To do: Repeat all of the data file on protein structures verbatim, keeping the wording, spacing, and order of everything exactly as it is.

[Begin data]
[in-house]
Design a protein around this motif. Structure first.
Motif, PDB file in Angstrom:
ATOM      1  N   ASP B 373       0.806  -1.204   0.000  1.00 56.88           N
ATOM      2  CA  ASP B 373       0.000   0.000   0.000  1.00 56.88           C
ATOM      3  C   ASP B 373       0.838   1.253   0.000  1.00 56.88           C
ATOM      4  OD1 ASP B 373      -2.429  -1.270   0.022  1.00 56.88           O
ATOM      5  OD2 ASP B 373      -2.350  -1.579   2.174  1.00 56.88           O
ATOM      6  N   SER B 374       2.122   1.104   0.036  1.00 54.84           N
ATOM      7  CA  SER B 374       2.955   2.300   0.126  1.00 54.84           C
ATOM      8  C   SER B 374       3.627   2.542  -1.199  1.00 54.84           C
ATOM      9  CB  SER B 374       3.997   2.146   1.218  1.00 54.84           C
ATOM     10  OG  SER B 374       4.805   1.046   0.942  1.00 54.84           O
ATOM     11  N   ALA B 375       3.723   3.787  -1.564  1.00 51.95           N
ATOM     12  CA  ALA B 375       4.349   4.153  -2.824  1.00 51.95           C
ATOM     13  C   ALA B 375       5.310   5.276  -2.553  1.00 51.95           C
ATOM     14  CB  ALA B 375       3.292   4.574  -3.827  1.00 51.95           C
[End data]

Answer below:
[in-house]
Design a protein around this motif. Structure first.
Motif, PDB file in Angstrom:
ATOM      1  N   ASP B 373       0.806  -1.204   0.000  1.00 56.88           N
ATOM      2  CA  ASP B 373       0.000   0.000   0.000  1.00 56.88           C
ATOM      3  C   ASP B 373       0.838   1.253   0.000  1.00 56.88           C
ATOM      4  OD1 ASP B 373      -2.429  -1.270   0.022  1.00 56.88           O
ATOM      5  OD2 ASP B 373      -2.350  -1.579   2.174  1.00 56.88           O
ATOM      6  N   SER B 374       2.122   1.104   0.036  1.00 54.84           N
ATOM      7  CA  SER B 374       2.955   2.300   0.126  1.00 54.84           C
ATOM      8  C   SER B 374       3.627   2.542  -1.199  1.00 54.84           C
ATOM      9  CB  SER B 374       3.997   2.146   1.218  1.00 54.84           C
ATOM     10  OG  SER B 374       4.805   1.046   0.942  1.00 54.84           O
ATOM     11  N   ALA B 375       3.723   3.787  -1.564  1.00 51.95           N
ATOM     12  CA  ALA B 375       4.349   4.153  -2.824  1.00 51.95           C
ATOM     13  C   ALA B 375       5.310   5.276  -2.553  1.00 51.95           C
ATOM     14  CB  ALA B 375       3.292   4.574  -3.827  1.00 51.95           C